In general, a CPE can be configured to perform media conversion, switching, security, provisioning, etc. As such, a CPE such as a DSL modem can be used to support multiple devices within a single customer premises. For example, a DSL modem can support such devices as a VOIP phone, a computer, a wireless access point, a television, etc. As illustrated in FIG. 1, NU 121 can have a DSL connection to CPE 142 in customer premises 134. CPE 142 in turn supports various customer devices. As illustrated, CPE 142 supports VOIP phone 146 via Ethernet connection 144.

One of the disadvantages of the provisioning example of FIG. 1 is the expense of supporting the various links from NU 121 to each customer premises 131-134. In a typical MDU, these links can extend well over 100 meters, thus creating a need for CPE components such as DSL modems. CPEs represent the most significant component of the expense in supporting the links from NU 121 to customer premises 131-134.

FIG. 2 illustrates a system architecture that enables a reduction of such costs. In the illustrated example, a high-bandwidth connection such as fiber-optic link 214 is supported by LT 212 in central office 210 and NU 221 in MDU 220. Unlike the previous system architecture, links from NU 221 to customer premises 231-234 are not supported by conventional CPEs. Rather, the conventional CPE such as a DSL modem is eliminated from the system architecture. Instead, the links from NU 221 to customer premises 231-234 can be based on an Ethernet CPE device such as VOIP phone 242 in customer premises 234.

In this arrangement, a VOIP phone can be configured to function as a VOIP CPE. As illustrated in FIG. 2, VOIP CPE 242 can therefore be used to support multiple customer devices (CDs) 246 in customer premises 234. Examples of such CDs are personal computers, wireless access points, televisions, HD receivers, etc. These CDs can be coupled to VOIP CPE 242 via a separate link (e.g., Ethernet).

In the system architecture of FIG. 2, each VOIP CPE can be coupled to NU 221 via a wall socket that supports an Ethernet-type connection. As noted, one example of MDU 220 is a high-rise building. As would be appreciated, a link from NU 221 to a customer premises near the top of the high-rise building would require a link length that is far greater than 100 meters. Conventional Ethernet connections only support link spans up to 100 meters. Accordingly, conventional Ethernet connections cannot be used to support the lengthy link spans from NU 221 to customer premises 231-234.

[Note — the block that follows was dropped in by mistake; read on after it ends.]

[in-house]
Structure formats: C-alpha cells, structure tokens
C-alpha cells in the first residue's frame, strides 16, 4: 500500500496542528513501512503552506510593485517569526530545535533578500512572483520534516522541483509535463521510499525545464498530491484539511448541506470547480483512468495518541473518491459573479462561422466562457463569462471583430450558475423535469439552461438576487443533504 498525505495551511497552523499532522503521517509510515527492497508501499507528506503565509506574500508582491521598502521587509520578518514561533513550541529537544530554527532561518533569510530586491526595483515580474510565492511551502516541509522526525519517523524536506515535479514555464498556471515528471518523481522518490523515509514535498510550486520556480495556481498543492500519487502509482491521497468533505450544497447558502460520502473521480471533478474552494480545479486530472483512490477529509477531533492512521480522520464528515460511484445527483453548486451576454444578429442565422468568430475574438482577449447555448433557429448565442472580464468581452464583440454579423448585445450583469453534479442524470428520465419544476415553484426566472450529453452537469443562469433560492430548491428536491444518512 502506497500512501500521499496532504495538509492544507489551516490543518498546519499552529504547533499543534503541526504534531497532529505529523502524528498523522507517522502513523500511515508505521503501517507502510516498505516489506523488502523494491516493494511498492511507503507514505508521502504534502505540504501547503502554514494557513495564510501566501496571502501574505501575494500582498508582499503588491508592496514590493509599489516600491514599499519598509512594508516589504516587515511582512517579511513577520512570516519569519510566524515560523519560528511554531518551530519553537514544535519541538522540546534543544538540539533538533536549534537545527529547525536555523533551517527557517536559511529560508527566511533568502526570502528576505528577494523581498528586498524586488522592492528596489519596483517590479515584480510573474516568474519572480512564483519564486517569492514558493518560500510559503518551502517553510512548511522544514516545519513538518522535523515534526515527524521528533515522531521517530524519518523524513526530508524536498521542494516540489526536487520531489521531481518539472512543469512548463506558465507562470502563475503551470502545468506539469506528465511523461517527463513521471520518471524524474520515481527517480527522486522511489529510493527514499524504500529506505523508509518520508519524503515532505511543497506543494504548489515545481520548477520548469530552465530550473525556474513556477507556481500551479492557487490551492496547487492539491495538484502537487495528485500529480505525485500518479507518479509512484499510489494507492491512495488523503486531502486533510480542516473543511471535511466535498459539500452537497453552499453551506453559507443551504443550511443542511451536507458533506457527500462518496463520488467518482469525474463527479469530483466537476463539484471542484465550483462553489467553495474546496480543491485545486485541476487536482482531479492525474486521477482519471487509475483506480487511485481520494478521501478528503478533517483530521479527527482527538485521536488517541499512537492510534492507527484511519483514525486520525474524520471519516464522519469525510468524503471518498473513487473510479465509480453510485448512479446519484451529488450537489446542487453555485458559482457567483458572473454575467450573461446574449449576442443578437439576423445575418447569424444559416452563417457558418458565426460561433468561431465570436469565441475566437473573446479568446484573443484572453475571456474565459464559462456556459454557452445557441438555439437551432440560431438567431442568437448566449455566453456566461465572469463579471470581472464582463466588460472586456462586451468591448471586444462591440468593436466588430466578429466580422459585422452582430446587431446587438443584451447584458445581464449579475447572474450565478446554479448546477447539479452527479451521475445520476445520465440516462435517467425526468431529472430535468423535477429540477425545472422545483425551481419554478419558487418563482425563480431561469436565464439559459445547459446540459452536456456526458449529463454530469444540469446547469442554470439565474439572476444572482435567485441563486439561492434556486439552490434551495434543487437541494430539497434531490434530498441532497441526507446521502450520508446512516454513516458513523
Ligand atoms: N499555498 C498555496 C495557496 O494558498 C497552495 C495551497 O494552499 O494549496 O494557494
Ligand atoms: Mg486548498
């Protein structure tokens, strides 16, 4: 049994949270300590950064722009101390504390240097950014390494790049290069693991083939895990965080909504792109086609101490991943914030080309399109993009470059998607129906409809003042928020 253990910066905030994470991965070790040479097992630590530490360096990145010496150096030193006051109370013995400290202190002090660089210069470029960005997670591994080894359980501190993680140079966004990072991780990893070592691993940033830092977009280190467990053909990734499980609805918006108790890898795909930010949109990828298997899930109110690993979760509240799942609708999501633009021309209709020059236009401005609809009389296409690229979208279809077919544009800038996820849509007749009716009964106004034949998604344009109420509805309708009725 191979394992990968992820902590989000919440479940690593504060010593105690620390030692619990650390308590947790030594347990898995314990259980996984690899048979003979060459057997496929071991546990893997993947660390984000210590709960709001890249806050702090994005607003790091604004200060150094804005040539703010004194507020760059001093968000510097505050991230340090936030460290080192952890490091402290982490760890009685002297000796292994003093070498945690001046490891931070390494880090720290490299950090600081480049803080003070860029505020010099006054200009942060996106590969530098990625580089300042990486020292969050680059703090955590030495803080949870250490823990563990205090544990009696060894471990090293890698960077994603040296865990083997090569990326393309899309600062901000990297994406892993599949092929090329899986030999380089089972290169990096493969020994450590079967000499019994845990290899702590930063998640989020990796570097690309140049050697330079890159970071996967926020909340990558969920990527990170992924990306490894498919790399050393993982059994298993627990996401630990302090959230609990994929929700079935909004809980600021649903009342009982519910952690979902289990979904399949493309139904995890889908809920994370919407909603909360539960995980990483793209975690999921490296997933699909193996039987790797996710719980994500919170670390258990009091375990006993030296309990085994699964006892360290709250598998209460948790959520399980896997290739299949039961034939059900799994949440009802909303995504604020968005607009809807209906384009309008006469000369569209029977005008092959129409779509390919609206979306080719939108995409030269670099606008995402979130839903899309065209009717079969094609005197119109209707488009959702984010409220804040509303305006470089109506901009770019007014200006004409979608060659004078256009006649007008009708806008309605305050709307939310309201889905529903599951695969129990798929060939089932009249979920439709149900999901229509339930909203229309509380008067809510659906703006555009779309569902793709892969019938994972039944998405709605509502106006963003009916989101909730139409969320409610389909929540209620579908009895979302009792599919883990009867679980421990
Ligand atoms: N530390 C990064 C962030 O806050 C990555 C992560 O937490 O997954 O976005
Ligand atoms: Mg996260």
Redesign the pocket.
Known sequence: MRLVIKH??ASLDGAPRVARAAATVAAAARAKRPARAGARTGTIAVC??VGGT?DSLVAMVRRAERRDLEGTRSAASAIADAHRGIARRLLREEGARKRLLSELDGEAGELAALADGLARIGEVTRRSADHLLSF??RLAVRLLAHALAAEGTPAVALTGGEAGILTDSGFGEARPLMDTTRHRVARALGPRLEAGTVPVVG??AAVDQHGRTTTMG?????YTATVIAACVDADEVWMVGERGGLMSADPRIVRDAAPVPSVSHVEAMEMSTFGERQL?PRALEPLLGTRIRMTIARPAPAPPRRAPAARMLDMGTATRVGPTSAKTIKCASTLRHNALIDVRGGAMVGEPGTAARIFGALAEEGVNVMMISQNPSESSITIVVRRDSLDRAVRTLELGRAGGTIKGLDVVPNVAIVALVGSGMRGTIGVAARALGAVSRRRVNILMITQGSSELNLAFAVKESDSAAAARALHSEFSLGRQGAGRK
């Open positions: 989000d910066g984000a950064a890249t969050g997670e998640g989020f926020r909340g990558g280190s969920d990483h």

For this reason, the connection between NU 221 and a customer premises can be based on a broad reach Ethernet connection that can handle link spans as long as 500 meters and beyond. An example of such a broad reach Ethernet transceiver is Broadcom's BroadR-Reachâ„¢ transceivers.

The broad reach connection enables frames to be carried natively in Ethernet. This is advantageous because NU 221 can be based on a conventional enterprise switch box not a DSL box, and a frame format conversion such as that performed by a DSL modem at the CPE would not be required. Moreover, the switch chips inside NU 221 are standard devices that can enjoy high volume efficiencies. In general, broad reach Ethernet extends the physical transmission capabilities of Ethernet but preserves the PCS, RS, MAC and above as native Ethernet. Broad reach Ethernet is also backwards compatible with standard Ethernet.

In general, the VOIP CPE can be built with functionality similar to personal computers. For example, a VOIP CPE can have a central processing unit (CPU), a switch, router, and software/firmware that can define its configuration and functionality. In one embodiment, the VOIP CPE is embedded with CPE functionality such as encryption, authentication, provisioning, packet inspection, router, network address translation, USB support, prioritization, audio/video bridging, etc. This embedded functionality would enable the VOIP CPE to operate in a capacity similar to a conventional CPE.

FIG. 3 illustrates an example of a VOIP CPE. As would be appreciated, various bus/bridge architectures (e.g., north/south bridge architectures) can be used to connect the various components in the system. As illustrated, VOIP CPE can include conventional components such as CPU 311, system memory 312, and power 313. As the VOIP CPE can be embodied as a VOIP phone, support for VOIP traffic is also included. Here, the VOIP CPE would include display 314, codec 315, and keypad 316. Display 314 can be embodied as an LCD screen for dialing and other call control/notification functions. Codec 315 supports the conversion of an audio signal from/to a digital bitstream in the downstream/upstream directions. As such, codec 315 can be coupled to an amplifier that supports a speaker and microphone for VOIP communication. Finally, keypad 316 enables the user input of dialing instructions. In combination, display 314, codec 315, and keypad 316 would support the VOIP function of the VOIP CPE.